Here’s the list of items that WAS on the tax credit list. It’s still valuable to homeowners as a guideline for top energy efficient product choices.

Heating & cooling

• Natural gas furnace or propane furnace (AFUE rating of at least 95%)
o Furnaces have increased in efficiency, but developers still typically put inefficient 80% AFUE rated furnaces into new construction. If you are building a home, or your remodel includes a new furnace, be sure to ask your contractor about the standard furnace they use.
o Don’t have a gas furnace today? Many local utilities offer rebates for conversion to gas.

• Central air conditioning: (SEER rating of at least 16)

• Heat pump (SEER rating of at least 15)
o Heat pumps offer an energy-efficient alternative to furnaces and air conditioners in moderate climates. Like your refrigerator, heat pumps use electricity to move heat from a cool space into a warm, making the cool space cooler and the warm space warmer. During the heating season, heat pumps move heat from the cool outdoors into your warm house; during the cooling season, heat pumps move heat from your cool house into the warm outdoors. Because they move heat rather than generate heat, heat pumps can provide up to 4 times the amount of energy they consume. Many people have experienced up to a 30% savings in the cost of heating or cooling their homes with a heat pump. (Source: York 2005).
o Geothermal heat pumps are like ordinary heat pumps but use the ground instead of outside air to heat, cool and make hot water. They are highly efficient, but installation may have limiting factors such as terrain or space. There are several different types of ENERGY STAR rated pumps that all qualify for tax credits.

• Biomass stove (Thermal efficiency rating of at least 75%) o Biomass stoves burn biomass fuel to heat a home or heat water. Biomass fuel includes agricultural crops and trees, wood and wood waste and residues (including wood pellets), plants, grasses, residues, and fibers.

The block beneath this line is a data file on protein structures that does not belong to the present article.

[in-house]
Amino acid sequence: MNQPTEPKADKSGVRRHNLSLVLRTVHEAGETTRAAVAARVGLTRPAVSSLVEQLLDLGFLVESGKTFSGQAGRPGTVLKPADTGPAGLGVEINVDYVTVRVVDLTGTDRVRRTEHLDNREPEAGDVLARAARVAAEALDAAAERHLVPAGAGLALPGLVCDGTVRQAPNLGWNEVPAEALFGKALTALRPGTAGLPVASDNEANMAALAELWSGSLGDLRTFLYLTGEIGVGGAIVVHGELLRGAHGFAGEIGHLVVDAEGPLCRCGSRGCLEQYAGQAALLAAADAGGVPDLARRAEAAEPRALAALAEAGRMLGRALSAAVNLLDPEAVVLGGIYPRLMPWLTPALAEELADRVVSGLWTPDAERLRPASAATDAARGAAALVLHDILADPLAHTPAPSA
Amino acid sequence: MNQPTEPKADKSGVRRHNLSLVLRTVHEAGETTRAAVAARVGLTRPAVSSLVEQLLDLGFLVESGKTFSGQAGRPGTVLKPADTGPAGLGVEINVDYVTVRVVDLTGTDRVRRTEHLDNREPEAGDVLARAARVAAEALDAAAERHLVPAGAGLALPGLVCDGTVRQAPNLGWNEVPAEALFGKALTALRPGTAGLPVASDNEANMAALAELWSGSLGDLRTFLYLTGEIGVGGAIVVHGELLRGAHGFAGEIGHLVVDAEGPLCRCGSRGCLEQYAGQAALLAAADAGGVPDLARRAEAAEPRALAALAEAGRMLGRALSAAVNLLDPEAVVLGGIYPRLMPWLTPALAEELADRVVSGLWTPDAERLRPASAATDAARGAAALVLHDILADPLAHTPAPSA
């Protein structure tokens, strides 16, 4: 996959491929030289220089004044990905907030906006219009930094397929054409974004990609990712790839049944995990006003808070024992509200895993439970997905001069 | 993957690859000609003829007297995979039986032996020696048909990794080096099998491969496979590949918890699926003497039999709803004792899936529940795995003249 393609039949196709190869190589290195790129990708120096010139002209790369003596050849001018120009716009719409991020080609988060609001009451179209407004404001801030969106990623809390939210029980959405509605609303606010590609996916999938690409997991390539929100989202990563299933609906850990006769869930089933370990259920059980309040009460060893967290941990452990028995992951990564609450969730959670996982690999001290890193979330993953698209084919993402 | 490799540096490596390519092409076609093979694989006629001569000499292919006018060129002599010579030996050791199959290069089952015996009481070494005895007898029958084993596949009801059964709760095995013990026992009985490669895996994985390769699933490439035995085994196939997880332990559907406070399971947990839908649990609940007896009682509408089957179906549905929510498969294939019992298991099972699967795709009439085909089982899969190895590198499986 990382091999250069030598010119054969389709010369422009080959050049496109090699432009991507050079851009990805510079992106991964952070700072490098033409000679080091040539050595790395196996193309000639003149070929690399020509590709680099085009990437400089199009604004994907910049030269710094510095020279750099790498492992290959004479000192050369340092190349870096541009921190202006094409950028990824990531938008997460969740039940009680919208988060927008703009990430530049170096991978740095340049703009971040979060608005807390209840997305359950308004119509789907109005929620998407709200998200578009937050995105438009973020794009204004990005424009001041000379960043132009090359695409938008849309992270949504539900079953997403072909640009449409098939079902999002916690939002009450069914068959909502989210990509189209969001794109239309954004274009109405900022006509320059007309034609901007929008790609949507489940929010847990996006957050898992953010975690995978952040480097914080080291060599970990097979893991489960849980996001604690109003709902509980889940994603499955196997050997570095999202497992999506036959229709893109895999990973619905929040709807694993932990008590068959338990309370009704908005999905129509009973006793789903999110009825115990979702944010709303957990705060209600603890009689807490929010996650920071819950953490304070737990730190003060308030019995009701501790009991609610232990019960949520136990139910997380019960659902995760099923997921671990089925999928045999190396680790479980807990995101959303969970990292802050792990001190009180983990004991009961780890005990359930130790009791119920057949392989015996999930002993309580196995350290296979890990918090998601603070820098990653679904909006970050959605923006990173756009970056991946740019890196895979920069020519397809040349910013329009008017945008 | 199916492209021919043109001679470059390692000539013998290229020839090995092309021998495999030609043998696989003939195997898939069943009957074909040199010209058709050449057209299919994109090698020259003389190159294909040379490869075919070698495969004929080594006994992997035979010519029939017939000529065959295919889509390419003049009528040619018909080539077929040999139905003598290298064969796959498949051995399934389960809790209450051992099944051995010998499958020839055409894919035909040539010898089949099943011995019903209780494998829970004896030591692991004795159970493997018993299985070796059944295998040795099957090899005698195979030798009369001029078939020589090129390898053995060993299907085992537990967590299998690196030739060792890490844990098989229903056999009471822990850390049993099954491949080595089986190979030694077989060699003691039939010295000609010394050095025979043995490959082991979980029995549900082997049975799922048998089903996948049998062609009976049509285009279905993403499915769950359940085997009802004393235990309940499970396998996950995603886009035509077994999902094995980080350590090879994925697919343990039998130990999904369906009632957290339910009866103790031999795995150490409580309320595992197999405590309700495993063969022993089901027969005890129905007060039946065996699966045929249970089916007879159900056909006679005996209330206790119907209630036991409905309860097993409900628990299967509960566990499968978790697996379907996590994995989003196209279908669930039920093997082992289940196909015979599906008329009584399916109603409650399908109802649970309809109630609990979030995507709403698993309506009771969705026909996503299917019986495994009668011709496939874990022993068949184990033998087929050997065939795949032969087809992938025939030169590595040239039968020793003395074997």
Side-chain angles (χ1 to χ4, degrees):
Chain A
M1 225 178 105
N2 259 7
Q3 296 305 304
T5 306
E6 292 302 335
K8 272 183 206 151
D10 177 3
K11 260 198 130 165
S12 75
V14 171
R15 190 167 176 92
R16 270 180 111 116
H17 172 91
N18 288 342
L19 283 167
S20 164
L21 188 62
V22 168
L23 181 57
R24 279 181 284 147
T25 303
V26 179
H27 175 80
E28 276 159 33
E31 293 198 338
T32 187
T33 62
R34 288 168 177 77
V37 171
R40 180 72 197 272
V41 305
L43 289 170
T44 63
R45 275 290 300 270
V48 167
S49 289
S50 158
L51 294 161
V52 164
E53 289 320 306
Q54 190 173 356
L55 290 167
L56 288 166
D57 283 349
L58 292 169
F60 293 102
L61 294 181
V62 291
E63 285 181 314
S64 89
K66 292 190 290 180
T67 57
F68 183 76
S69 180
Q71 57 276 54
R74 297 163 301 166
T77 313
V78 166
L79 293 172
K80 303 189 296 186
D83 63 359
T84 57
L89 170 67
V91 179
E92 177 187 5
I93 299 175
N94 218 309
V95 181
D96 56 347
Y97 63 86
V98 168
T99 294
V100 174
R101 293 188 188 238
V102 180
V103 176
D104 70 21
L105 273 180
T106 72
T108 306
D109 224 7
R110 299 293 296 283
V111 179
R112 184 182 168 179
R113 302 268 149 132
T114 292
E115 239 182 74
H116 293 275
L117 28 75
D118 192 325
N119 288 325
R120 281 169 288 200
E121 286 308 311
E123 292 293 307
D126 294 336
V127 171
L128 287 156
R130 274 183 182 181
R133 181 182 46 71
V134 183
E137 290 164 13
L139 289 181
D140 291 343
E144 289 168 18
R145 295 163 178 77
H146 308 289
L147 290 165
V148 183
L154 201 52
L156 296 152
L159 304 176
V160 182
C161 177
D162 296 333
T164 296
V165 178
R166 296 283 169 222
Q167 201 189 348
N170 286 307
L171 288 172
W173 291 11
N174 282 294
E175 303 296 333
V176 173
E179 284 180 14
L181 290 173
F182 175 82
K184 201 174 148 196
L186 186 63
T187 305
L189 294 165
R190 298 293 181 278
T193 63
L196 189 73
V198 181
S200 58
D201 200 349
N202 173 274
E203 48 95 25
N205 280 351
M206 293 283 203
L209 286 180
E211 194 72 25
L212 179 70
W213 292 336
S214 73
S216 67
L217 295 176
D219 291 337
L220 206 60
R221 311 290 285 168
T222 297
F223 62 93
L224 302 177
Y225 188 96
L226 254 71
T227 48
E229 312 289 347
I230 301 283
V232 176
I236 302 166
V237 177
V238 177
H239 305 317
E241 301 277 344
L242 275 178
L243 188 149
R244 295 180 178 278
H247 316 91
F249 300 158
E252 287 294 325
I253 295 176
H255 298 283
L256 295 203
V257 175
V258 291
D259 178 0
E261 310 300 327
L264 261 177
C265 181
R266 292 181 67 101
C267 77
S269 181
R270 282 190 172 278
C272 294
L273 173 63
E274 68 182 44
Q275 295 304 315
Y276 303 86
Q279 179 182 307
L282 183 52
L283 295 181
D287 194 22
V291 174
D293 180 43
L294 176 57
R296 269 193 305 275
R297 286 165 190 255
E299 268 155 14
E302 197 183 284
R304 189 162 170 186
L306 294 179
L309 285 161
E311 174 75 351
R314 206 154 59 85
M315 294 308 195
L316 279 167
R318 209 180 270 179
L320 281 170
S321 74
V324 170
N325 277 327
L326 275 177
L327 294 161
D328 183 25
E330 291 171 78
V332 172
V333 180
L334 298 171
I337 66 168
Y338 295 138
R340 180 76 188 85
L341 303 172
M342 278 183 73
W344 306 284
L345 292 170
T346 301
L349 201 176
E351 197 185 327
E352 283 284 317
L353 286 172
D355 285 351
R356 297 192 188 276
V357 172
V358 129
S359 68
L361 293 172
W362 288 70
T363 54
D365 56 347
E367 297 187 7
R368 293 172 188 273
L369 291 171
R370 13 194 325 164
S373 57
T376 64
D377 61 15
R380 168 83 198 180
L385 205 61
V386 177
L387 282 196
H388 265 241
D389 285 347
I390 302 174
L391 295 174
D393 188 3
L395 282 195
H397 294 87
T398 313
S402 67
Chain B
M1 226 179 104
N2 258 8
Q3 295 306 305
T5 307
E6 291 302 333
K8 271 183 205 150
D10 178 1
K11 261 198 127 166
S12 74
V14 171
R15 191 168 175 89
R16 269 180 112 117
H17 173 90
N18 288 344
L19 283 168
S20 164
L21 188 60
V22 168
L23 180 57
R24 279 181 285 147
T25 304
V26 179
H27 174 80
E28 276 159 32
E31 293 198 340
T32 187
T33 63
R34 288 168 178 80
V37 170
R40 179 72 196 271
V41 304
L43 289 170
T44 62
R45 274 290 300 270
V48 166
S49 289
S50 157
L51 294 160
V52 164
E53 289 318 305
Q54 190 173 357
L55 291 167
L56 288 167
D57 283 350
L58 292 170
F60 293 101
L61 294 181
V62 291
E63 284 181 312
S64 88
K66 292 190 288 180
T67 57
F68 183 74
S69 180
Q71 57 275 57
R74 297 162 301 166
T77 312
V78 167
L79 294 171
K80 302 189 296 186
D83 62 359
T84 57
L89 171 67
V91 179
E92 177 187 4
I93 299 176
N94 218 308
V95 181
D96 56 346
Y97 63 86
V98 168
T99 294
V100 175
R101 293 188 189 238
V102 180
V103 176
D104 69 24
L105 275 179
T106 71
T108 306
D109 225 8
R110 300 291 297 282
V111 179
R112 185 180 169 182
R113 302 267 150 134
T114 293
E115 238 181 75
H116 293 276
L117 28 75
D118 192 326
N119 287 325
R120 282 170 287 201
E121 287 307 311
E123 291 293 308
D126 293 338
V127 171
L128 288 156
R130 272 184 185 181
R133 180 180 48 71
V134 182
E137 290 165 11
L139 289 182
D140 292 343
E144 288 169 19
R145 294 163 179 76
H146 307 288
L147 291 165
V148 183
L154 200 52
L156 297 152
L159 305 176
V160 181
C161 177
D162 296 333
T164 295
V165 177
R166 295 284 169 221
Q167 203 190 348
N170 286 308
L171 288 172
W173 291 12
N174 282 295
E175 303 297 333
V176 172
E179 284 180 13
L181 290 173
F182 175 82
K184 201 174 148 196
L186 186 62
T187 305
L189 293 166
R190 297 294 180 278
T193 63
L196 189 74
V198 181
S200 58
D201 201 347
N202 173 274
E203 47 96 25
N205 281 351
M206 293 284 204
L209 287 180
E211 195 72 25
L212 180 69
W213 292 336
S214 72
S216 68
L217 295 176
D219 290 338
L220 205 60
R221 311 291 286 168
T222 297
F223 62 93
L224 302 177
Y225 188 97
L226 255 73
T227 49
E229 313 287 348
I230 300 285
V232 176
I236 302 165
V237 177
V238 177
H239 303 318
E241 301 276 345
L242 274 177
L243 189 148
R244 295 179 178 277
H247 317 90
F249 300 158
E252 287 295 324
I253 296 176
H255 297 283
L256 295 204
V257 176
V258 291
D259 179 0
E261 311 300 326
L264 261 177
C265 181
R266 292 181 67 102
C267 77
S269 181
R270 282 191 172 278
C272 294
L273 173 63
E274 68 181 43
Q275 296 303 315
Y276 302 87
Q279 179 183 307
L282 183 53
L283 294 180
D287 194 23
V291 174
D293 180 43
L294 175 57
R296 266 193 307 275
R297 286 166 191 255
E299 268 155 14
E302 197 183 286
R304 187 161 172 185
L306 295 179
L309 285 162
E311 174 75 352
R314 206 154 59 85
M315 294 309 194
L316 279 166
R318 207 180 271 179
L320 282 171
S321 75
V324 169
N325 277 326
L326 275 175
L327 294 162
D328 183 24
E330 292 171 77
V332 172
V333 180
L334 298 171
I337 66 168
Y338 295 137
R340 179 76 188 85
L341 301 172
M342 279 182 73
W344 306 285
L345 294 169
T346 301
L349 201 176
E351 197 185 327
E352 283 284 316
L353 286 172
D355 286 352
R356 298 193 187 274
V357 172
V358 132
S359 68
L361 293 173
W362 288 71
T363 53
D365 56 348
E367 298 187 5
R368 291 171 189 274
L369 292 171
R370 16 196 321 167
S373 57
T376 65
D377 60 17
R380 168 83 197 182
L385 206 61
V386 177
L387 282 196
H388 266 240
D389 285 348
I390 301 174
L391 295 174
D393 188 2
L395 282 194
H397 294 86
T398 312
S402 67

Water heaters & solar

• Water heaters – gas, propane or oil (EF 82 or thermal efficiency of at least 90%)
o Water heating can account for a lot of the energy consumed in your home. Traditional tank water heaters last from 8-10 years.
o Good tax credit qualified alternatives for standard water heaters include Heat Pump water heaters (EF of at least 2.0) and high efficiency tankless water heaters, and solar water heaters. Your local contractor can provide information on the energy and tax savings of each. Solar water heaters must have half of their energy coming from the sun, be used in the house only (not pool), and be certified SRCC to qualify for tax credits.

• Solar panels (photovoltaic systems)
o Qualified solar panels are solar cells that capture light from the sun to provide electricity for a residence and meet applicable fire and electrical code. This credit is more complex; currently listed as 30% of the cost up to $500 per .5 kw of power capacity. This tax credit does not expire in 2010, it runs until December 2016. There may also be local or state subsidies and/or regulations.
o An alternative to going completely solar is to have a solar water heater (see above) or solar attic fan. This way you can harness the sun for an individual component of your energy use.

The following are current tax credit qualified products where the credit is 30% of the materials only (no labor) of the project up to $1,500.

Insulation, roofing, windows & doors

• Insulation replacement
o Bulk insulation products can qualify, such as batts, rolls, blow-in fibers, rigid boards, expanding spray, and pour-in-place. Products that seal air (reduce air leaks) can also qualify, as long as they come with a Manufacturers Certification Statement. These can include weather striping, caulking and house wraps. Note, installation costs don’t count toward your tax credit.

• Roofs
o Qualified metal and asphalt roof products can reflect the sun’s rays, lowering roof surface temperature and decreasing the amount of heat coming into your home. The metal roofs must have appropriate colored coatings and asphalt roofs must have appropriate cooling granules – check with the energy star website or your contractor for details.

• Windows and doors (U factor less than 0.30)
o Energy efficient windows, doors and skylights can truly impact your home’s comfort and energy bills. Typically the tax credit qualifying windows have Low E glass or a similar coating.

• Storm windows and doors (U factor and SHGC of .30 or below; must meet IECC)
o Storm windows or storm doors can enhance efficiency by creating another barrier between the interior of you home and the weather outside

In addition to these tax credits, there is also a good chance your local utility (in Seattle, Tacoma, Everett or Olympia, WA) has cash incentives for installing energy efficient products in your home.

To learn more about these incentives, contact a Washington Energy Services Home Energy Specialist at 1-800-398-HOME (4663).